When Mary Helen and Fisher learned about their son’s CHD prenatally, they were given a range of possibilities to consider including that his coarctation of the aorta could be minor all the way to the need for immediate open-heart surgery. But they wouldn’t know for sure until Will was born.
“The hardest thing was knowing, but not knowing,” Fisher said. “It was the most scared I’ve ever been.”
They met with cardiologists at Children’s Healthcare of Atlanta’s Heart Center and selected a surgeon, Paul Chai, MD, before Will’s birth. Everything was in place when he was born, and he had surgery to correct his CHD at four days old. With Mary Helen still recovering from a C-section and Covid-19 protocols, Fisher stayed alone with Will for the days leading up to surgery.
“Everyone at the Heart Center was accommodating and reassuring, and they were willing to answer all my questions,” Fisher said. “With Mary Helen still recuperating at the hospital and another young child at home, I felt so guilty for any time I had to leave Will’s side, but the nurses made me feel comfortable leaving him in their care. They cared about our well-being as much as Will’s and made sure we were staying healthy and up to the challenge. Taking care of us meant that we were able to take the best care of him. It was the best ‘bad’ experience we could’ve anticipated.”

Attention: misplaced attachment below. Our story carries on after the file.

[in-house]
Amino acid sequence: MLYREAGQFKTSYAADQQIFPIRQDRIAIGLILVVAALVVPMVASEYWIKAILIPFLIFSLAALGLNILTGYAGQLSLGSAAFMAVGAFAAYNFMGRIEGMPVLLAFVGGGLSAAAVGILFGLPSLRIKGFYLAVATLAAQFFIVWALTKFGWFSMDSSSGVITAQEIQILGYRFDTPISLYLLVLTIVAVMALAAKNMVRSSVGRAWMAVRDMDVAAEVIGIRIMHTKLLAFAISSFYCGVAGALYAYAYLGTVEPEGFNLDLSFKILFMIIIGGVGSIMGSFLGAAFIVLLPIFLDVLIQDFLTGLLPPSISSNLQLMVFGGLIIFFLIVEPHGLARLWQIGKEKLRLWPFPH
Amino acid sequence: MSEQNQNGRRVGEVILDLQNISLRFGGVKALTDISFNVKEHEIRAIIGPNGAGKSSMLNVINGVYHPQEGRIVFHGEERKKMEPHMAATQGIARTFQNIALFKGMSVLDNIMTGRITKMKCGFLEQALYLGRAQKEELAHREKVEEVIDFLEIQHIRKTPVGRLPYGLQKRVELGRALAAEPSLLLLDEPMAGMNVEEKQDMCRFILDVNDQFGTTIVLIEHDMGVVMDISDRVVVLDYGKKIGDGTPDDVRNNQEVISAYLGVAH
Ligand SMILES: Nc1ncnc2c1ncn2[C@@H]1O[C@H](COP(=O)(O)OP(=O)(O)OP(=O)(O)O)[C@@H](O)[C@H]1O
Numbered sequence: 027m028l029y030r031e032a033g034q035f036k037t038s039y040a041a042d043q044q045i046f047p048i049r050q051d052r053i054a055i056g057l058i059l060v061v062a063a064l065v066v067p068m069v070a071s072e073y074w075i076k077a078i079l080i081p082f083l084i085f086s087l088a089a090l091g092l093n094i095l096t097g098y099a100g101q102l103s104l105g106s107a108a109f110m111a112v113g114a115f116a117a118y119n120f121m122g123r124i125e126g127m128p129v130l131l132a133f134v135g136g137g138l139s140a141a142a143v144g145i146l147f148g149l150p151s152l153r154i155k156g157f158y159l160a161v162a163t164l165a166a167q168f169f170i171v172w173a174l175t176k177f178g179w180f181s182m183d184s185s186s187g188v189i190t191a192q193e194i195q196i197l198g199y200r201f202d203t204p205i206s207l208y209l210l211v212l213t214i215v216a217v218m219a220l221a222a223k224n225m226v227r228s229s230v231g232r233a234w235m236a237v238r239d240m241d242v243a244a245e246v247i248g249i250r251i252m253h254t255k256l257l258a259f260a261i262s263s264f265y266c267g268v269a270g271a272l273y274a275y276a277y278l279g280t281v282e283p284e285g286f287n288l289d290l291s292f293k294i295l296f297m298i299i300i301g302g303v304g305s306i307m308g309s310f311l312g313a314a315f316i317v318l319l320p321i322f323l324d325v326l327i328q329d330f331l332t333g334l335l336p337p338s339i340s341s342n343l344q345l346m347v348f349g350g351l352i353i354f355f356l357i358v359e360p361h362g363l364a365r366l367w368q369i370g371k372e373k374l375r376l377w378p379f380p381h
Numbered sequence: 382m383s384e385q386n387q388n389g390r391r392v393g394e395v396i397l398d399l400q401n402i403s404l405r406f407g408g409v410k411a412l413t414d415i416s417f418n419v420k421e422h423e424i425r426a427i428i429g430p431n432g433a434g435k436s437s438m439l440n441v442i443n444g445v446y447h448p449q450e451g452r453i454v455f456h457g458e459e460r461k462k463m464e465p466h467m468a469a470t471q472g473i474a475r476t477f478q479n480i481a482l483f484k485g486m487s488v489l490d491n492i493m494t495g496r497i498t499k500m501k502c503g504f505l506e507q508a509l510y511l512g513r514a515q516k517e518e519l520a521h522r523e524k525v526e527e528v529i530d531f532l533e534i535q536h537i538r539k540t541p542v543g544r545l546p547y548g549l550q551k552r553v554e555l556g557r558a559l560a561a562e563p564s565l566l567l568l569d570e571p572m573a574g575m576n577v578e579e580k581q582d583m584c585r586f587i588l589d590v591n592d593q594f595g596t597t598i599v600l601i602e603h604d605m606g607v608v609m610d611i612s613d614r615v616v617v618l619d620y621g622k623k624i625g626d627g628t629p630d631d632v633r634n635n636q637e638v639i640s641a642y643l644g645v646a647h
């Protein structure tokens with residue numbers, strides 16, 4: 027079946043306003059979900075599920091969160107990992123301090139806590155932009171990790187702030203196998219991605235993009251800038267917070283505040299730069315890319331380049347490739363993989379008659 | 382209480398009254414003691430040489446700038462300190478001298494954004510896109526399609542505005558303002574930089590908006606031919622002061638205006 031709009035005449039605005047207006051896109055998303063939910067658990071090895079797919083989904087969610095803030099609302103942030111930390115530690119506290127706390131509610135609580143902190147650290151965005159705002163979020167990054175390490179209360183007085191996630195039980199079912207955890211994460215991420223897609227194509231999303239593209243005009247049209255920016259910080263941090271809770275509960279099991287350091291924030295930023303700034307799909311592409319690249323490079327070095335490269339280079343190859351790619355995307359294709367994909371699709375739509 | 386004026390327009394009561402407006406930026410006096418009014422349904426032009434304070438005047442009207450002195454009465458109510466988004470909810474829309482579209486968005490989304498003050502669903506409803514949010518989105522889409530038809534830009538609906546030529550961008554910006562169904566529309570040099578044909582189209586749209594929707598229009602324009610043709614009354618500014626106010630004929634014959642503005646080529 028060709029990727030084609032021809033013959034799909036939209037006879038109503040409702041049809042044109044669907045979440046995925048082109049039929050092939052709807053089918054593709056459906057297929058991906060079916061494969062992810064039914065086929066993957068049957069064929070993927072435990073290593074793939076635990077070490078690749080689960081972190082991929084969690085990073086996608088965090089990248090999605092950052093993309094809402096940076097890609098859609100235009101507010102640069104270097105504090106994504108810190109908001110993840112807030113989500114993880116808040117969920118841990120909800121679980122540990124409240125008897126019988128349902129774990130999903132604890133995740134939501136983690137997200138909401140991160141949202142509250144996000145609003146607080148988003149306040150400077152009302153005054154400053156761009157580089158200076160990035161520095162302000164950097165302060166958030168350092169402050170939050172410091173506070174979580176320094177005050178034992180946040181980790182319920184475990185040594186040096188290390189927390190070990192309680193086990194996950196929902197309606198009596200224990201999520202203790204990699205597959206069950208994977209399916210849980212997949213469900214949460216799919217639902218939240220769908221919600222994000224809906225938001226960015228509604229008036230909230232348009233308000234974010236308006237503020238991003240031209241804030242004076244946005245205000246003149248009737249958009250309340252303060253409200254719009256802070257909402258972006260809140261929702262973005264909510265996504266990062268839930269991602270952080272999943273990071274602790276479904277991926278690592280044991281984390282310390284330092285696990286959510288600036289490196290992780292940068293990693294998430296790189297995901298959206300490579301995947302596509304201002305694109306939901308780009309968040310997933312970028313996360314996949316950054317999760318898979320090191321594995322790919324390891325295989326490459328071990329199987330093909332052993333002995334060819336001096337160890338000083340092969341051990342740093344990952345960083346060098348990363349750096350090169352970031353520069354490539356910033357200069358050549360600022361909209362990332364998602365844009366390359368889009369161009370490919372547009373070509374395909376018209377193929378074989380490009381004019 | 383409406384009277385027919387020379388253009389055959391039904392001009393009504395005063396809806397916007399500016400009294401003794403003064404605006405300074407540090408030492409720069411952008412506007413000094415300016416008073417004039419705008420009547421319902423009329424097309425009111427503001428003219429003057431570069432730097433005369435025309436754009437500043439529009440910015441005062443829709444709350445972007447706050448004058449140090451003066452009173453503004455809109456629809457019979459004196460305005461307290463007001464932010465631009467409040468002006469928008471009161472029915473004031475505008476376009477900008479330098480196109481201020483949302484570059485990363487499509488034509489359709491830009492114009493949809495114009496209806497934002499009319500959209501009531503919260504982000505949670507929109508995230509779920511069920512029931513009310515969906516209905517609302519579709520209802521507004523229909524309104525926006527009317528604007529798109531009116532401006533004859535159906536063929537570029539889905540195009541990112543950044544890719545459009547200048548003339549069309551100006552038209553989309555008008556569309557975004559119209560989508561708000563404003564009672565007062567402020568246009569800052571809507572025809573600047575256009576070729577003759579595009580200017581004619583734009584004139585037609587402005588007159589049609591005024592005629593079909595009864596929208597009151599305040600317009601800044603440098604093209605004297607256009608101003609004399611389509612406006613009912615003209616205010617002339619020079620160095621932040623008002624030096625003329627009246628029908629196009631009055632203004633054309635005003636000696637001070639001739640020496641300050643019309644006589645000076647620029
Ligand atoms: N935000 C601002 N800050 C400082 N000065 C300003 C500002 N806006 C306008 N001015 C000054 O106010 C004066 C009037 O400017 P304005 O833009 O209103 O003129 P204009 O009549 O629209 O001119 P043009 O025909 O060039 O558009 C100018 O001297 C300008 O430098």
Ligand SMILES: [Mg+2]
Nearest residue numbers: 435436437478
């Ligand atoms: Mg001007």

Mary Helen said the nurses kept her informed about how Will was eating and sleeping and discussed his medications with her daily so she could feel a part of his care plan, even while she was stuck at a hospital across town.
“As soon as I was discharged, I went straight to the Heart Center to be with him,” Mary Helen said. The nurses were amazing, and I got to hold Will all day before his surgery. They have continued to follow up with us and sent a note just last week to say they were thinking of us.”
Mary Helen and Fisher agree that it was important to them to gather all the information they could about Will’s condition, and they advise other heart parents to not be afraid or embarrassed to ask all the questions.
“You’re making one of the biggest decisions of your life when you choose a surgeon for your child,” Fisher said. “You want to be sure you feel comfortable and confident about putting your child’s life in their hands. Once you’ve made an informed decision, it’s important to step back and trust your decision and the doctors you’ve chosen. It’s out of your hands then.”
After a “textbook” pregnancy and birth with their first child, Mary Helen said they realized when Will was born that they had taken their children’s health for granted.
“Now we know that every check-up that is normal is a gift,” she said. “We try to remember to be super grateful for every moment. He’s our little miracle baby.”
For more information about Children’s Healthcare of Atlanta Cardiology and our pediatric cardiology specialists, click here.